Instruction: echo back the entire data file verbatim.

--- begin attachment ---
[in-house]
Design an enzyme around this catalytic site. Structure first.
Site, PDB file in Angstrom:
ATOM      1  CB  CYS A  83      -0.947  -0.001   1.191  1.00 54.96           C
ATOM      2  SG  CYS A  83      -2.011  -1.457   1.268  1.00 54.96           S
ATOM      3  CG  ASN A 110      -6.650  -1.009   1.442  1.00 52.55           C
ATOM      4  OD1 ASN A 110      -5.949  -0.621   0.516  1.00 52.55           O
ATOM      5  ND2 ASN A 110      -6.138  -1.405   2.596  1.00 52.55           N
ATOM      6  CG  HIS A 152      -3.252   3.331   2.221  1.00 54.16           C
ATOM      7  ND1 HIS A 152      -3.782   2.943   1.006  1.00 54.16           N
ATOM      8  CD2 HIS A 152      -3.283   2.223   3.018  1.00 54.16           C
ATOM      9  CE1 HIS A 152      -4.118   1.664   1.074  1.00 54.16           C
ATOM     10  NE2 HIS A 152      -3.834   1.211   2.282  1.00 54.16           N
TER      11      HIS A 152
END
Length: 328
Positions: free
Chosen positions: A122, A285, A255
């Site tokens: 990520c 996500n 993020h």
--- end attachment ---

[in-house]
Design an enzyme around this catalytic site. Structure first.
Site, PDB file in Angstrom:
ATOM      1  CB  CYS A  83      -0.947  -0.001   1.191  1.00 54.96           C
ATOM      2  SG  CYS A  83      -2.011  -1.457   1.268  1.00 54.96           S
ATOM      3  CG  ASN A 110      -6.650  -1.009   1.442  1.00 52.55           C
ATOM      4  OD1 ASN A 110      -5.949  -0.621   0.516  1.00 52.55           O
ATOM      5  ND2 ASN A 110      -6.138  -1.405   2.596  1.00 52.55           N
ATOM      6  CG  HIS A 152      -3.252   3.331   2.221  1.00 54.16           C
ATOM      7  ND1 HIS A 152      -3.782   2.943   1.006  1.00 54.16           N
ATOM      8  CD2 HIS A 152      -3.283   2.223   3.018  1.00 54.16           C
ATOM      9  CE1 HIS A 152      -4.118   1.664   1.074  1.00 54.16           C
ATOM     10  NE2 HIS A 152      -3.834   1.211   2.282  1.00 54.16           N
TER      11      HIS A 152
END
Length: 328
Positions: free
Chosen positions: A122, A285, A255
């Site tokens: 990520c 996500n 993020h």